As far as a woman trying to have a family and have a career, yes, it can be tough. It’s especially tough with shift work — my baby had to stay at the baby sitters for sometimes four days in a row because I was on night shift and that was a tough go, but it’s one of those things you get through. I knew I wanted to be independent and I toughed it out and made sacrifices. I apologized to my daughter who is 24 now and she  told me, “It’s OK mom”. You have to work really hard to move up in rank.

CSM: Silvia, you started on the front line with social services. Recently one of your younger staff members working in that same role asked you about how she could move forward. How did that make you feel?

Fraser: It made me feel good that she was asking the questions about what to do and what courses to take. I started as a security officer at social services at Wellesley and Jarvis for three years. I worked to get my CPP (Certified Protection Professional) and CSPM (Certified Security Project Manager) and worked to better my skills. The City really invests in its people and focuses on the professional development and it worked for me. When I moved up to supervisor I was the first female supervisor at the City and now five other women join me in holding supervisor positions.

Duffey: The thing about moving up is that if you were to chart it, everyone thinks it’s going to be a horizontal line moving up to the right of a graph, but in this profession you limit yourself if you believe that to be true. Sometimes you have to move laterally or in a different direction in terms of an industry or market to get that experience. The key thing is asking yourself how am I going to contribute and where is it going to take me as opposed to what the actual title is?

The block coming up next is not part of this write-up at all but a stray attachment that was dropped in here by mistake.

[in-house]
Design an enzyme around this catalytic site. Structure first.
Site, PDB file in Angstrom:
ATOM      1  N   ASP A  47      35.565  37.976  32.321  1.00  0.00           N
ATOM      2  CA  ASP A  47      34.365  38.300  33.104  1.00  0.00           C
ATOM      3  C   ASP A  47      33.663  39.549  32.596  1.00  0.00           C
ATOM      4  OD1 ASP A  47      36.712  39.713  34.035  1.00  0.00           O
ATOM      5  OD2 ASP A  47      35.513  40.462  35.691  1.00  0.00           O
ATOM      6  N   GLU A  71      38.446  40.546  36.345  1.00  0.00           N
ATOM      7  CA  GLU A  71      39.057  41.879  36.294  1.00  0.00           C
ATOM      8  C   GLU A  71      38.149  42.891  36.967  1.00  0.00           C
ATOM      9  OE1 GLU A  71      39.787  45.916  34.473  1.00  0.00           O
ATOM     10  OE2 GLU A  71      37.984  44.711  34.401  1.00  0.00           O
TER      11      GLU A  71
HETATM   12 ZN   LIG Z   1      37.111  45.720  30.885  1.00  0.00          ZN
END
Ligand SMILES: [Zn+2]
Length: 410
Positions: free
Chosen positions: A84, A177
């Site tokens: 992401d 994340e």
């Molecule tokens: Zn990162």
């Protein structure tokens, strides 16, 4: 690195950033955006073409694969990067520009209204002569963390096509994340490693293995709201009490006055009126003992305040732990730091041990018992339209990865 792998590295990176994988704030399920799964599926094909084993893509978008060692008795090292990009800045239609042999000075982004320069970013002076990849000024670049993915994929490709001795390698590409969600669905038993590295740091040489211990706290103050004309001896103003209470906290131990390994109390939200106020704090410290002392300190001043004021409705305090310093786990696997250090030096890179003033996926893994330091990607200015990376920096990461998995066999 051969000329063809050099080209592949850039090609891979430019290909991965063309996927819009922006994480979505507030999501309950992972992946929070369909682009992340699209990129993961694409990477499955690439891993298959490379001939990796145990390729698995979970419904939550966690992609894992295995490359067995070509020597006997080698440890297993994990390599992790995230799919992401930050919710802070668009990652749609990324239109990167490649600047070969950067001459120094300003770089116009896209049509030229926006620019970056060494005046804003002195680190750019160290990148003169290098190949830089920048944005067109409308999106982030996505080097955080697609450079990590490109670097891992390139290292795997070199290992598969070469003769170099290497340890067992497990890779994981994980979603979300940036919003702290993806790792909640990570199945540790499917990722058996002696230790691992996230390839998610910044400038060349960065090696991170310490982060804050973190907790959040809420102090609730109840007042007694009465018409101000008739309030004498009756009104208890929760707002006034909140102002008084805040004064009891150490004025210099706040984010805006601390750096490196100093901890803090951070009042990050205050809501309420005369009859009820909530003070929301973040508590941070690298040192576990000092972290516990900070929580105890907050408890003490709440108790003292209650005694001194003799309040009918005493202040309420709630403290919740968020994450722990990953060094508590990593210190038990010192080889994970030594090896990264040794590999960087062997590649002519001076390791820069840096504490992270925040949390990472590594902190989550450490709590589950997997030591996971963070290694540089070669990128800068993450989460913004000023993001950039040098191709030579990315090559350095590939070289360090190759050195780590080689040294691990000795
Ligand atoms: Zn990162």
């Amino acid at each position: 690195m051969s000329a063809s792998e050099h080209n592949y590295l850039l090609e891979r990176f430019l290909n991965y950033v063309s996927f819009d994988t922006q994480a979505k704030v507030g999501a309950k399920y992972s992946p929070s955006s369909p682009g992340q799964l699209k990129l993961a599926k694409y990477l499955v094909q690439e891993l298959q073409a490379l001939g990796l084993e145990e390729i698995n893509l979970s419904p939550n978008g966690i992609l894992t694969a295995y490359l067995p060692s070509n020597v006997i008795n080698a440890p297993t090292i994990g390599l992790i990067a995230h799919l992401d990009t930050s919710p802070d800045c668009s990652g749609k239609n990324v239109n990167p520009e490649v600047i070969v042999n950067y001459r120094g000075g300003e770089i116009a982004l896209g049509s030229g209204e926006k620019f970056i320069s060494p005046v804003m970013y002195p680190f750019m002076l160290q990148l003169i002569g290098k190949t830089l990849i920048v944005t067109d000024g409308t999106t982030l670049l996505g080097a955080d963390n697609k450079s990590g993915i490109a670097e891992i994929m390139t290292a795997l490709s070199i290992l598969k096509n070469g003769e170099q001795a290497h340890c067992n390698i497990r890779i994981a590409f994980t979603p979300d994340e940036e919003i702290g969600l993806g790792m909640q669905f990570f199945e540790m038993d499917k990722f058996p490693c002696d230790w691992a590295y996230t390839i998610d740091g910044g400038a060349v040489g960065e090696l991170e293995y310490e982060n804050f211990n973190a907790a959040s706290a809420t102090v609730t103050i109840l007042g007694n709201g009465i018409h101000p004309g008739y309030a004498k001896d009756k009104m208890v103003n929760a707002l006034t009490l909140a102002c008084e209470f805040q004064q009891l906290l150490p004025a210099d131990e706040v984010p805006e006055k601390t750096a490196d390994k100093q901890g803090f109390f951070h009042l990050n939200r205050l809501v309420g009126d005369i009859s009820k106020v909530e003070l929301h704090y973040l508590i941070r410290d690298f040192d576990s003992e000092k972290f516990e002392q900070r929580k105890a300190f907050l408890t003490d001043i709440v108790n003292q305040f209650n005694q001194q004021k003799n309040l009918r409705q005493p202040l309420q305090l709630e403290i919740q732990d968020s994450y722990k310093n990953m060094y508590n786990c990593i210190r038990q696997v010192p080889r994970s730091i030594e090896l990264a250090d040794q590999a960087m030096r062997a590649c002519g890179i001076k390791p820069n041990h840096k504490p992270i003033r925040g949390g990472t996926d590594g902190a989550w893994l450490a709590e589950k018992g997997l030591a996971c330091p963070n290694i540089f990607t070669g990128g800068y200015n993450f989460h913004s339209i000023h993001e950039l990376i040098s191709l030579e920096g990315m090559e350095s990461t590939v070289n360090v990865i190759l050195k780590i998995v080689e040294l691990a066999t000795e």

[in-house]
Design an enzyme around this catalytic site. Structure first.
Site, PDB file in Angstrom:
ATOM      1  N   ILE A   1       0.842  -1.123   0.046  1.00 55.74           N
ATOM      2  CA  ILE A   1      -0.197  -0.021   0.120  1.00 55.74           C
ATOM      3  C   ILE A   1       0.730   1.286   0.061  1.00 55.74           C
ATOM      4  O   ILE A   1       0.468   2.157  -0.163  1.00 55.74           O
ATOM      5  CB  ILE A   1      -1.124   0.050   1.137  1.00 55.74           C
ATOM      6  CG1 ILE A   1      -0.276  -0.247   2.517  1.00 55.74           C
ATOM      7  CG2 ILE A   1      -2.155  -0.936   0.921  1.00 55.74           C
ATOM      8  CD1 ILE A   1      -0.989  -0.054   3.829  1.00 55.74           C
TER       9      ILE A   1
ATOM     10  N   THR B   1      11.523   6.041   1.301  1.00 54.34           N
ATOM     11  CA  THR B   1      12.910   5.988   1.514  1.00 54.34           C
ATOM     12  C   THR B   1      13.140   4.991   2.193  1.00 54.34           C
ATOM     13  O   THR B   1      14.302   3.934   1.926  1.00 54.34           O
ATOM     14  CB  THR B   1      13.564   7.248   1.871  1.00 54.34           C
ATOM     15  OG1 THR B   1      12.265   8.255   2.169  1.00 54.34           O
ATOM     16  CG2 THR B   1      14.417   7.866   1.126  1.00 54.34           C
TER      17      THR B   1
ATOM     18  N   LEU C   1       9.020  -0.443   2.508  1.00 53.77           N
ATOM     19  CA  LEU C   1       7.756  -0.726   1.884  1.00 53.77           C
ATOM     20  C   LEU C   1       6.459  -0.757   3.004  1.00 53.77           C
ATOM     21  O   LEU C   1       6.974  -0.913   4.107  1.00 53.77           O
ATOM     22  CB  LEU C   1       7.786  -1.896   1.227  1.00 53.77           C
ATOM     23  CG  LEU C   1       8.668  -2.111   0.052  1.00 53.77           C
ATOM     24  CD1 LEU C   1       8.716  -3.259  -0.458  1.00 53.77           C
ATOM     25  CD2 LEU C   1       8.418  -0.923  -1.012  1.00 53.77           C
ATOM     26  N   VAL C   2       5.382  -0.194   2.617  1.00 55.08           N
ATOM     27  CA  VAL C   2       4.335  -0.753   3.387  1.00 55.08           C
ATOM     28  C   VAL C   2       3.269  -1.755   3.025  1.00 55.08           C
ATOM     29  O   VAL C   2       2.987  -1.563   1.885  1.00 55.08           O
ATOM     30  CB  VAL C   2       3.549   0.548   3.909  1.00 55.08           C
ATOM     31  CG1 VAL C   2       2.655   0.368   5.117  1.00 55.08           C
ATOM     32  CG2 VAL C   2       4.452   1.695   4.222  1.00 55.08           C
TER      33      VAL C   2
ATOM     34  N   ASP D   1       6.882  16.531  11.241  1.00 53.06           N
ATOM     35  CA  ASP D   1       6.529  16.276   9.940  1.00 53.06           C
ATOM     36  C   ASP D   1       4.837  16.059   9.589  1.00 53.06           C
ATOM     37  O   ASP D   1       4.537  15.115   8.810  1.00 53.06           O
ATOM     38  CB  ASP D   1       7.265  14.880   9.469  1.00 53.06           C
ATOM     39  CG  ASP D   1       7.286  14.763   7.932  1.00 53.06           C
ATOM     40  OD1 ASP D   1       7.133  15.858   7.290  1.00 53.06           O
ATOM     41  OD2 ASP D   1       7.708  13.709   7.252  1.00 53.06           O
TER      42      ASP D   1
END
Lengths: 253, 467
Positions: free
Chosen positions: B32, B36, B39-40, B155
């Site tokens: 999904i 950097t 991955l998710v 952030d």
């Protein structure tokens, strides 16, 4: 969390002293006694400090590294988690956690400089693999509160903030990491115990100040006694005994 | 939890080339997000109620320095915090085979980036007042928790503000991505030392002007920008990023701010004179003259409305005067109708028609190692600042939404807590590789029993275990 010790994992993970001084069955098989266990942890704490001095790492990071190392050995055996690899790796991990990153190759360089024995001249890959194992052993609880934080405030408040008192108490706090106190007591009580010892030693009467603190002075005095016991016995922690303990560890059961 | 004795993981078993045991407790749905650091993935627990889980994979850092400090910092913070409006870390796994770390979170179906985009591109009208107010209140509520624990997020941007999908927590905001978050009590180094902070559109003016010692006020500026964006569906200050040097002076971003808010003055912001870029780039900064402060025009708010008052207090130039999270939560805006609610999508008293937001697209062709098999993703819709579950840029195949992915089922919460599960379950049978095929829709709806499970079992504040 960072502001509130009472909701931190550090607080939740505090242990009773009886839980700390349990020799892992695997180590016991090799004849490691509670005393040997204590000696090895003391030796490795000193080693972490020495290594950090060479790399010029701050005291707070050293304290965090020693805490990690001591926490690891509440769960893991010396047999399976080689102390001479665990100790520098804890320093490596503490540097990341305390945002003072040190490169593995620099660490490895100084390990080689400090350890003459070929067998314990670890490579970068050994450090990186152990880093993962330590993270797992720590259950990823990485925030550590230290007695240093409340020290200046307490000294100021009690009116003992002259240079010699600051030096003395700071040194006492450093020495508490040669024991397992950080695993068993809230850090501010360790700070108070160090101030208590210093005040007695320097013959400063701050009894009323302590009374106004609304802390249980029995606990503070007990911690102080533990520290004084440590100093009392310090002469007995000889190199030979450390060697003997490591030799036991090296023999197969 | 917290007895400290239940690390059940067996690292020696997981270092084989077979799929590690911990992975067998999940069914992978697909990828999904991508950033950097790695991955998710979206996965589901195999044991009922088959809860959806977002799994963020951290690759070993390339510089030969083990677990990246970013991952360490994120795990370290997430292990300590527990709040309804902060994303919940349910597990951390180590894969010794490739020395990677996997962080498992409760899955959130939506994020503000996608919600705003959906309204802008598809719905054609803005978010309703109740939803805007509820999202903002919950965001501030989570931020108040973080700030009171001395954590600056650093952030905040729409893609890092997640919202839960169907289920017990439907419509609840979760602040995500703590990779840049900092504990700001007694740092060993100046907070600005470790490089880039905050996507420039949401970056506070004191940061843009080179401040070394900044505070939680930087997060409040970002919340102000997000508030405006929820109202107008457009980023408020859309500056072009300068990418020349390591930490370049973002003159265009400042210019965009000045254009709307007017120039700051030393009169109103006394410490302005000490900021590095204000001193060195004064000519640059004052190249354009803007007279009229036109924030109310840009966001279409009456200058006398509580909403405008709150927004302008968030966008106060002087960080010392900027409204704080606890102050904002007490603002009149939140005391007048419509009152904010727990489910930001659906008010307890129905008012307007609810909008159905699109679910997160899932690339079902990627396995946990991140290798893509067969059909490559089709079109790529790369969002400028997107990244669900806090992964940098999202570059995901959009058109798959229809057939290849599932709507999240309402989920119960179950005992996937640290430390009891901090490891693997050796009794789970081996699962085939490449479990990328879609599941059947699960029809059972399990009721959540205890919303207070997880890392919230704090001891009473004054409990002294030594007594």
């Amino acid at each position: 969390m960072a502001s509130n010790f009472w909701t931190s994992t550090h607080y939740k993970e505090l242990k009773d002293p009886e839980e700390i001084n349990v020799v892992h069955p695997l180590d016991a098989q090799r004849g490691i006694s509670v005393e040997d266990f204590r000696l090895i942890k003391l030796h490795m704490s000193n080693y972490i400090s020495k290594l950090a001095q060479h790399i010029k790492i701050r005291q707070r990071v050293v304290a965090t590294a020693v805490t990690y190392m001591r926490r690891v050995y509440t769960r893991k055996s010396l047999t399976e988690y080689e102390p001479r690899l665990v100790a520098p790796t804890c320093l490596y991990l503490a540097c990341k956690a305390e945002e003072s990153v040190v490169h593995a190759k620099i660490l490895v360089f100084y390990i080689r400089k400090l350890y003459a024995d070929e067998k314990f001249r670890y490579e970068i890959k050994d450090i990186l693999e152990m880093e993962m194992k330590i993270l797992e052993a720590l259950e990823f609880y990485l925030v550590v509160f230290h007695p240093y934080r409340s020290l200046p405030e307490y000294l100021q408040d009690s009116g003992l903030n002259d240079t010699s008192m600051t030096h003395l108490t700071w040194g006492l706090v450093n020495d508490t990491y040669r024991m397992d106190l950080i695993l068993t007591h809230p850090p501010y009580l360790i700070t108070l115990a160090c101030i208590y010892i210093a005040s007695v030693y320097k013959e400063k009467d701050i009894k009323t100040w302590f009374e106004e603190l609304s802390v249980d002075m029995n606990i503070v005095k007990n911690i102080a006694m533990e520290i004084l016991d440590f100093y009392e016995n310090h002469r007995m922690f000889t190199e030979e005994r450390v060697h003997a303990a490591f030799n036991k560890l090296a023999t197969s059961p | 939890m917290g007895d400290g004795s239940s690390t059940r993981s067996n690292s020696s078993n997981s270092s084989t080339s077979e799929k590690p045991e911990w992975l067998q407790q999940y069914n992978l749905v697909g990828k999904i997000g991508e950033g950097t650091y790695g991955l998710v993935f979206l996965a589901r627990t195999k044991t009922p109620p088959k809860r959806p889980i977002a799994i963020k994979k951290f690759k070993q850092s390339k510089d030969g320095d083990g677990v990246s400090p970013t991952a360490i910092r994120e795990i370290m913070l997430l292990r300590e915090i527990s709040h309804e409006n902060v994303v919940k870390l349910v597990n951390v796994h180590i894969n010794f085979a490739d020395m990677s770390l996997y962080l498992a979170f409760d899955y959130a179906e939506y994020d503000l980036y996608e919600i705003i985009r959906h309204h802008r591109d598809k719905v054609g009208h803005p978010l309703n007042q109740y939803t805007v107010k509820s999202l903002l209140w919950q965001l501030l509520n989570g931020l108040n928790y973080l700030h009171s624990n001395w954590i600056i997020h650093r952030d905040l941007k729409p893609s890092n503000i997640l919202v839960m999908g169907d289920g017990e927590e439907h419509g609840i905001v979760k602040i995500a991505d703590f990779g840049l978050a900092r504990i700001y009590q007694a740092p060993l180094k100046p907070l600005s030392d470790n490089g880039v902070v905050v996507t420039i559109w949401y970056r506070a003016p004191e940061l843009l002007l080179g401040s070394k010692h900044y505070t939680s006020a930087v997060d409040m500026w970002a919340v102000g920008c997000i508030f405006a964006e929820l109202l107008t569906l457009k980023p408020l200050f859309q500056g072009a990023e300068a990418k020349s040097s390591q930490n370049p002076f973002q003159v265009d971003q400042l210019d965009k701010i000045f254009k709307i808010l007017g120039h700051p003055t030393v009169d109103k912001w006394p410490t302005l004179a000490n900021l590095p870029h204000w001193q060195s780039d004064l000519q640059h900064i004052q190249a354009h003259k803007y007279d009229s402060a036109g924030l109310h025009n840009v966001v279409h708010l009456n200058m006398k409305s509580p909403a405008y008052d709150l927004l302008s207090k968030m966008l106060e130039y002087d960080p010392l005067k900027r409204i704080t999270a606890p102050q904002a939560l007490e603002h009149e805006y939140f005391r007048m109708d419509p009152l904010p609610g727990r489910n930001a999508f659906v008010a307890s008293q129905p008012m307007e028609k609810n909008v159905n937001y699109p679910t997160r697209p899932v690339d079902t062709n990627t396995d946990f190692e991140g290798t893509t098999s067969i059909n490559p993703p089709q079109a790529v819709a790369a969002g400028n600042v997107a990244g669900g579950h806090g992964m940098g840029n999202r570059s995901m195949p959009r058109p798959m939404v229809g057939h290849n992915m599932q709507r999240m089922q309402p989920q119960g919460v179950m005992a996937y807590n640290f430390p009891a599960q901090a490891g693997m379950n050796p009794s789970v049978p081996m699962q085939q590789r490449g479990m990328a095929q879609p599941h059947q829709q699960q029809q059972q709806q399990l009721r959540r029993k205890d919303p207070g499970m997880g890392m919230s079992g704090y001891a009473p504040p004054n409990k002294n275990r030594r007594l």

CSM: Do you think certification is becoming more important for competing in the job market, whether you’re a man or woman?

Duffey: I think it’s the professionalization of the industry that is happening. Certification and education comes with taking the industry to the next level. Less than one per cent of those certified with ASIS International are women. It’s definitely growing but we have realized we sometimes need to bring some extra things to the table when competing for some positions and it definitely gives you an edge.

Fraser: At the City we also have to justify how we came up with a solution and it helps us as professionals to speak the same language. I recently presented to the Canadian Security  Association on the Certified Security Project Manager certification and how important it is that we all understand what is being discussed when handling a project.